During the development of the NLIS, cartographic maps bearing plots of land in the pilot areas where scanned and georeferenced. Since the inception of the NLIS, complaints have cropped out from numerous surveyors. They claim the scanned coordinates do not tally with the actual correct coordinates on ground. This research sought to determine whether these claims were legitimate and to devise ways of how to mitigate this problem.

Figure 1. Old print of one of the land parcels in Wakiso, Busiro block 474-475 plot 1422

Figure 2.LIS scan of one of the land parcels in Wakiso, Busiro block 474-475 plot 1422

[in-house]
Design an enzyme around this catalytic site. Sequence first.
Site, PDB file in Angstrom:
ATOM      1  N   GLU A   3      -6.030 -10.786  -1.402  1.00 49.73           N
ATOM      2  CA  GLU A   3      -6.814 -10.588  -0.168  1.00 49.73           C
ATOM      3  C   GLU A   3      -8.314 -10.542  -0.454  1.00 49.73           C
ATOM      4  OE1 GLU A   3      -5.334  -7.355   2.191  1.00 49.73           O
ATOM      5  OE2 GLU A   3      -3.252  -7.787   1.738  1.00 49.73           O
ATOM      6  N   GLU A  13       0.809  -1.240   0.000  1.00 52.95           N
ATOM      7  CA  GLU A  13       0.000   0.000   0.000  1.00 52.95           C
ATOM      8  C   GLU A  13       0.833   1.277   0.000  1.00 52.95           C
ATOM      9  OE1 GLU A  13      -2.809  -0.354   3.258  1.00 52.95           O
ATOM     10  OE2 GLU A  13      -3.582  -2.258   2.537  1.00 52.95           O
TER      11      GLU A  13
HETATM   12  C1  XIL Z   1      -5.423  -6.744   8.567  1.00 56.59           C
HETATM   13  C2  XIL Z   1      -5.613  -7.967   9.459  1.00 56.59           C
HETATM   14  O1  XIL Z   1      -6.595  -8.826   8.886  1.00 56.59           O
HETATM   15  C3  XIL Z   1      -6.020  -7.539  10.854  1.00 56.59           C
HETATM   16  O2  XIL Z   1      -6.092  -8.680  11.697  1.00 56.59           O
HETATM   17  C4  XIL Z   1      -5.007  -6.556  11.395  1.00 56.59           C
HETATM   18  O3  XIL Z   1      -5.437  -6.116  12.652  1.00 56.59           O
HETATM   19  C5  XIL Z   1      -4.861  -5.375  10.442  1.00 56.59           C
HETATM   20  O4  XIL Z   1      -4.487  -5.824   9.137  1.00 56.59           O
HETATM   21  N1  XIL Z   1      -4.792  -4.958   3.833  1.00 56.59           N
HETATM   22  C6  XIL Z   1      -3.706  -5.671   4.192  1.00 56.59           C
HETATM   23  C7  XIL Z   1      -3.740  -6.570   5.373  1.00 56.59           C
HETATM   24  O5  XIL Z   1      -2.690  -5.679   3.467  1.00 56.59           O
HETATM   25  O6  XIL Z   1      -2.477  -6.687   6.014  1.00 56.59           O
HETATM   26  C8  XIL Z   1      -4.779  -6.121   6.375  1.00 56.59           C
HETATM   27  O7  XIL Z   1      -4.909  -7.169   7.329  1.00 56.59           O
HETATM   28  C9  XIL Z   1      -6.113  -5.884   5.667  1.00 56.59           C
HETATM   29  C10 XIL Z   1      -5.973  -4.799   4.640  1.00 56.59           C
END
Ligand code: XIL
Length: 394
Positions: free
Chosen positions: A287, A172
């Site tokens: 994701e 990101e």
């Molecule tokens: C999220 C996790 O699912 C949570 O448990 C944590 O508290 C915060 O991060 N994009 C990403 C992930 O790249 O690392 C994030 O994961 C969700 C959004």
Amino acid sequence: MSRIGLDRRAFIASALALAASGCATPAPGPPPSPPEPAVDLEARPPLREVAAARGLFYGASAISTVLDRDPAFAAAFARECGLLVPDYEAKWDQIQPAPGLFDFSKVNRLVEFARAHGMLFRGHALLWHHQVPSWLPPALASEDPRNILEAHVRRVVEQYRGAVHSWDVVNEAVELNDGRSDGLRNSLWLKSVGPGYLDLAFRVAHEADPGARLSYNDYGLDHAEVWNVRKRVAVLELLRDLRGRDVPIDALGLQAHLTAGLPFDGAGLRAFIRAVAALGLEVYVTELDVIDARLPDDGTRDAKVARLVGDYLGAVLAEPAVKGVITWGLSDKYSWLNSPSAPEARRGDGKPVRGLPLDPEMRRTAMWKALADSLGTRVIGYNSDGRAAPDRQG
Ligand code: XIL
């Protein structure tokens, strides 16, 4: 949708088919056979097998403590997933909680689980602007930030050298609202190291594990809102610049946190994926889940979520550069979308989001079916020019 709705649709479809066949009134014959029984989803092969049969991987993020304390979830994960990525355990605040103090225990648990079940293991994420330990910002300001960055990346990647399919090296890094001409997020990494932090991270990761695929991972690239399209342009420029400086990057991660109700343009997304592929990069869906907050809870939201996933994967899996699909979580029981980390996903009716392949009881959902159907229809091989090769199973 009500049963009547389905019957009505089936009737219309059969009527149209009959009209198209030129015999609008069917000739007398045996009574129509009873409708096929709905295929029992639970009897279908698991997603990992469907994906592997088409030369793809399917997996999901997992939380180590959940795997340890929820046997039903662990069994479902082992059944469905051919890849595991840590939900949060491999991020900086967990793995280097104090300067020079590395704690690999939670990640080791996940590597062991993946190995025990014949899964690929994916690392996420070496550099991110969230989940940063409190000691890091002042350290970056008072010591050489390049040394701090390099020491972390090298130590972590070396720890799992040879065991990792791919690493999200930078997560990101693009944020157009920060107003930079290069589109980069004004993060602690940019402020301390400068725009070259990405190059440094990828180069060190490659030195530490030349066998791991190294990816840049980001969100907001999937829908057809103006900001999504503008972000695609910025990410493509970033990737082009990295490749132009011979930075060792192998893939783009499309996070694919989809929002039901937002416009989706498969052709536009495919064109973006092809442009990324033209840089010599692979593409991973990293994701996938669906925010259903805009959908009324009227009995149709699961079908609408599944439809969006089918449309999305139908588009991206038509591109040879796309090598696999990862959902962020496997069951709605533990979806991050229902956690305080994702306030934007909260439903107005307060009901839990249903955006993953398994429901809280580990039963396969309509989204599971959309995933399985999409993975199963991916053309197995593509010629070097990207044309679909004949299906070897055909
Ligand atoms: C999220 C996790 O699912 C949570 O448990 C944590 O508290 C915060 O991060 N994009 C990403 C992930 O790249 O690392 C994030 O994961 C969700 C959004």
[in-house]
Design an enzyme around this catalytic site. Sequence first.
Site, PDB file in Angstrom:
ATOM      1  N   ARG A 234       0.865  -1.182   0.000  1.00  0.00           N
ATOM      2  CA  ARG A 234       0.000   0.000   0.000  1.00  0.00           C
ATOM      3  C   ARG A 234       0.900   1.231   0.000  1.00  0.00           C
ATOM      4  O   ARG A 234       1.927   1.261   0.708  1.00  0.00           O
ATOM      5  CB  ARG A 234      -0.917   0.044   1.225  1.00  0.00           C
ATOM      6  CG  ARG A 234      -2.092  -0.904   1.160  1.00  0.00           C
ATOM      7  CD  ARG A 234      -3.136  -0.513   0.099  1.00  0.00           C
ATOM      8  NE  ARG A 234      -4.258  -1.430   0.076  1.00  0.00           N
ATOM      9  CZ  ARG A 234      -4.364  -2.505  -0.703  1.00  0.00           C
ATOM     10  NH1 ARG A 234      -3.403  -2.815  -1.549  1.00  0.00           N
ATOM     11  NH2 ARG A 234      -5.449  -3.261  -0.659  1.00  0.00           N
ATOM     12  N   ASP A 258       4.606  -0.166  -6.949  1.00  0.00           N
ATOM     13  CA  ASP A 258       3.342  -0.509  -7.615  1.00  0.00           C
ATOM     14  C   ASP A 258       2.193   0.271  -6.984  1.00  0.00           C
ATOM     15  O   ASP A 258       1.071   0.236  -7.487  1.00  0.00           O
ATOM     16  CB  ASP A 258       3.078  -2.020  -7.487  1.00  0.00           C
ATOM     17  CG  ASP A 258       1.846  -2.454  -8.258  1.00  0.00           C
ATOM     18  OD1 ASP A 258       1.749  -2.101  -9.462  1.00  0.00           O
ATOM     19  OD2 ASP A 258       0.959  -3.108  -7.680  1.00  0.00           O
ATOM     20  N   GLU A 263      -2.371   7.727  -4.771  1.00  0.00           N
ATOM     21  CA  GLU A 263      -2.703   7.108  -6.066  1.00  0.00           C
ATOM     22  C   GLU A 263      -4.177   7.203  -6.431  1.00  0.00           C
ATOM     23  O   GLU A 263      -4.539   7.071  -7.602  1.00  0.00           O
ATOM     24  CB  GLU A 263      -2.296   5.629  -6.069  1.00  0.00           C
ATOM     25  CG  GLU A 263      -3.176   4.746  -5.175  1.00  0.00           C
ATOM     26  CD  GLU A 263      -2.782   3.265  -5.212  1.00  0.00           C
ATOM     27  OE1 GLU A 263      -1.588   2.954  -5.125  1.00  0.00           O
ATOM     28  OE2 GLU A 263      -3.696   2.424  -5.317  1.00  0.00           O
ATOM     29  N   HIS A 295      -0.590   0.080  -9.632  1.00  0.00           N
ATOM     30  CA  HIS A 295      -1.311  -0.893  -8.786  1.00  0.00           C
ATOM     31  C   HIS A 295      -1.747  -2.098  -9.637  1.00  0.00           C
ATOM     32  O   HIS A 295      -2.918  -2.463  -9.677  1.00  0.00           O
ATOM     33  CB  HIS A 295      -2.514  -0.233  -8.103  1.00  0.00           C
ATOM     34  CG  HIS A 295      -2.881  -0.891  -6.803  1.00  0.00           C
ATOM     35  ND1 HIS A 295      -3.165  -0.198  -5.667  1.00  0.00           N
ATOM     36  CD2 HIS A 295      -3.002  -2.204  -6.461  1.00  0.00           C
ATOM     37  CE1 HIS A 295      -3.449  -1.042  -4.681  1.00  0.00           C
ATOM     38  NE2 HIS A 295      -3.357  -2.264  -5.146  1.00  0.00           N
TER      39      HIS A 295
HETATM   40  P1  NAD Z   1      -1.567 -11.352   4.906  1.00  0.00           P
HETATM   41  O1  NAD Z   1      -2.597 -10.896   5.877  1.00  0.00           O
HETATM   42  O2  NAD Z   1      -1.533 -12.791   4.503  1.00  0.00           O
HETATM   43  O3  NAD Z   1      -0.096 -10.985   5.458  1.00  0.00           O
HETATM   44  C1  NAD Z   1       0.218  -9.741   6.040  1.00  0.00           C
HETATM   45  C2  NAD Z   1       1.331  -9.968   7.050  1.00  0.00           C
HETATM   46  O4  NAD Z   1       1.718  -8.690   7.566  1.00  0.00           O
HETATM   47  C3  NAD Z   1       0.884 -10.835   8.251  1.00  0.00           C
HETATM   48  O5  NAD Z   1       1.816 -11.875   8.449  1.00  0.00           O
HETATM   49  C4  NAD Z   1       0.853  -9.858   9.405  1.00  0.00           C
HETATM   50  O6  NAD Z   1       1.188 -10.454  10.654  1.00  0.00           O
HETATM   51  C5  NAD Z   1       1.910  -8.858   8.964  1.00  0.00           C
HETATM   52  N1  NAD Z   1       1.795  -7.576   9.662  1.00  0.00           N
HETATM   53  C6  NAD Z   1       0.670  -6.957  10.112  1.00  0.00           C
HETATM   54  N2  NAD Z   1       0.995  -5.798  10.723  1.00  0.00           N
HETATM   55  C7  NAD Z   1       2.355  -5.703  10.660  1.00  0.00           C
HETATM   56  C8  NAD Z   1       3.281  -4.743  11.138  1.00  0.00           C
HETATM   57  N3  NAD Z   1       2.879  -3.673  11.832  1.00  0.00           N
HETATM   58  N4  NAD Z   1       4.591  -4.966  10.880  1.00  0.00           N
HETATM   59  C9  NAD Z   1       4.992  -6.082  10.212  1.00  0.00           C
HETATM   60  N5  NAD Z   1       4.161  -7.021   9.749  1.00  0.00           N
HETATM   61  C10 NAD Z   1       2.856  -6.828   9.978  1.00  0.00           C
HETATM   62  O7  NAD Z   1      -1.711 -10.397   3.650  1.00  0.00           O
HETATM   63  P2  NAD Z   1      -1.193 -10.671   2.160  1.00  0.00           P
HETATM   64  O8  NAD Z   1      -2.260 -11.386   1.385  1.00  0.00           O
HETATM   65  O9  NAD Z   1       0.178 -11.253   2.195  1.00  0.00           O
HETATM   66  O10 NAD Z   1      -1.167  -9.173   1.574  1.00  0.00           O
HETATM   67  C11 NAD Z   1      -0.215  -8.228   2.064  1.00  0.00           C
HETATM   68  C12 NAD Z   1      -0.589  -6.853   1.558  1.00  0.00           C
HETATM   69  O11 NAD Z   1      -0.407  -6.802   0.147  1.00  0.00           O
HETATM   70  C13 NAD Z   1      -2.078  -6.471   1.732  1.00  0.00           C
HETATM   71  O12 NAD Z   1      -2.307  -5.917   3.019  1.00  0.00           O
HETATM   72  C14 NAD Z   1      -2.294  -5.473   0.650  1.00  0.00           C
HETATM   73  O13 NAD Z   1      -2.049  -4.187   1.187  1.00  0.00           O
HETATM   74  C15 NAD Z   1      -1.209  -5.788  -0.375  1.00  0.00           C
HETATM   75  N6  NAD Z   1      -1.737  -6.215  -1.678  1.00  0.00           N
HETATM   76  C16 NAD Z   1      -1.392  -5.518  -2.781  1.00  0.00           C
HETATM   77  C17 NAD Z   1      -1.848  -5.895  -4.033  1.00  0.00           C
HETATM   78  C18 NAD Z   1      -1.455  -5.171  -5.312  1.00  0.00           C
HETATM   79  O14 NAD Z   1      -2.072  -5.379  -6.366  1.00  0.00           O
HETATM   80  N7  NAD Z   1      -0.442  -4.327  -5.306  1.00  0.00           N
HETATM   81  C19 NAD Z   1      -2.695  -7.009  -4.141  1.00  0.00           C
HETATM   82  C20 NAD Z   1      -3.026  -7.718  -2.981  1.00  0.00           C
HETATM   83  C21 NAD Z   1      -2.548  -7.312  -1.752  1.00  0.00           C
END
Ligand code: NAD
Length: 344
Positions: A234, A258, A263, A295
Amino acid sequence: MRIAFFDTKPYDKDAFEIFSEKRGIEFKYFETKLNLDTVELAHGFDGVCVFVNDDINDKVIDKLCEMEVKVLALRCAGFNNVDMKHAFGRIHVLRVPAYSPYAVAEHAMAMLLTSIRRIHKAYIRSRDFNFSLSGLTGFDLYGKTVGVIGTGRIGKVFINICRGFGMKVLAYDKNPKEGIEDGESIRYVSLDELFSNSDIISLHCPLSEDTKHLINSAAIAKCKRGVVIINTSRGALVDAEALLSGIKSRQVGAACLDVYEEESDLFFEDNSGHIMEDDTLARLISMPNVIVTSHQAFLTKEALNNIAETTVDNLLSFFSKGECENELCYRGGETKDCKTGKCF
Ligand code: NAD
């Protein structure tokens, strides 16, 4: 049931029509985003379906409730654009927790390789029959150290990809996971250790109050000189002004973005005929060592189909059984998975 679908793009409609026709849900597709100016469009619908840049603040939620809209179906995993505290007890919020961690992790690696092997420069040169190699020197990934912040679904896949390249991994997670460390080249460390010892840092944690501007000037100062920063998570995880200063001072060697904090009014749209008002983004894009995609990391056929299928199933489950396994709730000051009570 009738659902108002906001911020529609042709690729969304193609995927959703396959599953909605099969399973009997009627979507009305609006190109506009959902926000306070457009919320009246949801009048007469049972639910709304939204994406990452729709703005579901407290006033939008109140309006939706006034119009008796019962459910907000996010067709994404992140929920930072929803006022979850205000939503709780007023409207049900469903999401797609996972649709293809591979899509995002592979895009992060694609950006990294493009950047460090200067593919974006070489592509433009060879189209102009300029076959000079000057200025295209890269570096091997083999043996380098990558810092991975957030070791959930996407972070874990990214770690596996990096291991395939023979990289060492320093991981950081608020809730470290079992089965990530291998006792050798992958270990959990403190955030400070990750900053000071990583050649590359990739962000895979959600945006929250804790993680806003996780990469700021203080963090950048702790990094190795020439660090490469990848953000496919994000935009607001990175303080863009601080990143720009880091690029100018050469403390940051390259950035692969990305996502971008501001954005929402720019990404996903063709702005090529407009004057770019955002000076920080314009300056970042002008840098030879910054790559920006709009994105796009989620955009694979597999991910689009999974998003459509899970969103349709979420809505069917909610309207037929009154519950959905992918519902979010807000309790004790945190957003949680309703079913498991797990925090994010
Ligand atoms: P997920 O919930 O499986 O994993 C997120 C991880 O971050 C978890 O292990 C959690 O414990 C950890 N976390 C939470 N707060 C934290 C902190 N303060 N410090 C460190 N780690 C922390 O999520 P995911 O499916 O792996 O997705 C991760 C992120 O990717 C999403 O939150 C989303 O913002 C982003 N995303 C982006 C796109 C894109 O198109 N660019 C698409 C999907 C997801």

Furthermore, a number of surveyors are aligning their field work observations in the LIS so that their files are passed at the ministry thus bringing about overlapping parcels and erroneous boundaries.

1.3 MAIN OBJECTIVE
Investigating the accuracy of the scanned UTM coordinates in the new computerized National Land Information System.
1.4 SPECIFIC OBJECTIVES.
' Acquisition of cadastral surveying data for land parcels of interest..
' Using RTS controls to control the traverses for the land parcels of interest.
' Comparison of scanned coordinates with ground surveyed points.
' Devising of possible alternative procedures to mitigate discovered deviances.
1.5 GENERAL METHODOLOGY
In order to achieve the above objective the methodology below was adopted
' Acquisition of cadastral surveying data for land parcels of interest
' Boundary opening to determine the exact boundaries of the respective plots and establishing the exact positions of the mark stones of adjoining parcels.